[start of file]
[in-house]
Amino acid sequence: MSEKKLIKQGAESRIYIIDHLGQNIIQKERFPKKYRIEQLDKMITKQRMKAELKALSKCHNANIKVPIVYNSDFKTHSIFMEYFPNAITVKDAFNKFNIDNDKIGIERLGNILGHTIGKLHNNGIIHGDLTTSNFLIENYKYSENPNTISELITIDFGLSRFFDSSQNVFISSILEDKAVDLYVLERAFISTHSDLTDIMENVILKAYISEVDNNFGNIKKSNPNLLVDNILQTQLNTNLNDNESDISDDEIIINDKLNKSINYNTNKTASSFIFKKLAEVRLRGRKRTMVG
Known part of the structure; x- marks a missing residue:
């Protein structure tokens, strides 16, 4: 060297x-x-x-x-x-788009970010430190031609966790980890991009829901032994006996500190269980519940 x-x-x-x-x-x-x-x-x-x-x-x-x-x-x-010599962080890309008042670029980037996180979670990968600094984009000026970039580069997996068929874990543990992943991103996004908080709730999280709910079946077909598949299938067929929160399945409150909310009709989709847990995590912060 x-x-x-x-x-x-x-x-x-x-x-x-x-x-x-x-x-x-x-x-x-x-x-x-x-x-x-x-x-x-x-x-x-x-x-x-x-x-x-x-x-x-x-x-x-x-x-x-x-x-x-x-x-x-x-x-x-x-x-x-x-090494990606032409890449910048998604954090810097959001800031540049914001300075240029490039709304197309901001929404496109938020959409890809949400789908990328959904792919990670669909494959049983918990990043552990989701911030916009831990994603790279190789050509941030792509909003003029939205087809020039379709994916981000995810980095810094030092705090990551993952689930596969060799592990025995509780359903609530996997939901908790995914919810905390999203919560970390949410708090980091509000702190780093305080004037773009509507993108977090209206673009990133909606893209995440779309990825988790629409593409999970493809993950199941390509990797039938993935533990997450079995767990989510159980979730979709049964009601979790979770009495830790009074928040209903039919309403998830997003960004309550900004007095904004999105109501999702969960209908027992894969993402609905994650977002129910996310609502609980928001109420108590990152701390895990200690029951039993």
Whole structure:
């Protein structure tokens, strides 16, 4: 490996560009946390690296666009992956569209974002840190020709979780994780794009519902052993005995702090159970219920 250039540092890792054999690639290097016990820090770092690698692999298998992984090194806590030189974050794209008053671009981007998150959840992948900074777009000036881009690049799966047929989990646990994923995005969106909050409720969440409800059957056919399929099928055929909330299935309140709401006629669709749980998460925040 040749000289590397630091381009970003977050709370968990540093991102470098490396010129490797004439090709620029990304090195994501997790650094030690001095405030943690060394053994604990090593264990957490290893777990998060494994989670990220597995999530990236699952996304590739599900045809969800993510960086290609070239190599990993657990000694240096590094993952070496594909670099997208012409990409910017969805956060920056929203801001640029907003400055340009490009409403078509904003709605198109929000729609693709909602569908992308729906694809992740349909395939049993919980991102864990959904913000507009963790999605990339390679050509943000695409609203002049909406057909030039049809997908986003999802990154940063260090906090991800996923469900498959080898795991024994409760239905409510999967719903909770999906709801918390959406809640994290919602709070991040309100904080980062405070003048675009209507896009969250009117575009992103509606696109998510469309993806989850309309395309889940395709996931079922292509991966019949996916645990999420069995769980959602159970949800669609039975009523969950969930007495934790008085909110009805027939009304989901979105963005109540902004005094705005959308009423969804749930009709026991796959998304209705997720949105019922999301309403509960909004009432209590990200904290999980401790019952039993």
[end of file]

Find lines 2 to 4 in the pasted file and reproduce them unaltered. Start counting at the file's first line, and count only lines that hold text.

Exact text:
Amino acid sequence: MSEKKLIKQGAESRIYIIDHLGQNIIQKERFPKKYRIEQLDKMITKQRMKAELKALSKCHNANIKVPIVYNSDFKTHSIFMEYFPNAITVKDAFNKFNIDNDKIGIERLGNILGHTIGKLHNNGIIHGDLTTSNFLIENYKYSENPNTISELITIDFGLSRFFDSSQNVFISSILEDKAVDLYVLERAFISTHSDLTDIMENVILKAYISEVDNNFGNIKKSNPNLLVDNILQTQLNTNLNDNESDISDDEIIINDKLNKSINYNTNKTASSFIFKKLAEVRLRGRKRTMVG
Known part of the structure; x- marks a missing residue:
């Protein structure tokens, strides 16, 4: 060297x-x-x-x-x-788009970010430190031609966790980890991009829901032994006996500190269980519940 x-x-x-x-x-x-x-x-x-x-x-x-x-x-x-010599962080890309008042670029980037996180979670990968600094984009000026970039580069997996068929874990543990992943991103996004908080709730999280709910079946077909598949299938067929929160399945409150909310009709989709847990995590912060 x-x-x-x-x-x-x-x-x-x-x-x-x-x-x-x-x-x-x-x-x-x-x-x-x-x-x-x-x-x-x-x-x-x-x-x-x-x-x-x-x-x-x-x-x-x-x-x-x-x-x-x-x-x-x-x-x-x-x-x-x-090494990606032409890449910048998604954090810097959001800031540049914001300075240029490039709304197309901001929404496109938020959409890809949400789908990328959904792919990670669909494959049983918990990043552990989701911030916009831990994603790279190789050509941030792509909003003029939205087809020039379709994916981000995810980095810094030092705090990551993952689930596969060799592990025995509780359903609530996997939901908790995914919810905390999203919560970390949410708090980091509000702190780093305080004037773009509507993108977090209206673009990133909606893209995440779309990825988790629409593409999970493809993950199941390509990797039938993935533990997450079995767990989510159980979730979709049964009601979790979770009495830790009074928040209903039919309403998830997003960004309550900004007095904004999105109501999702969960209908027992894969993402609905994650977002129910996310609502609980928001109420108590990152701390895990200690029951039993």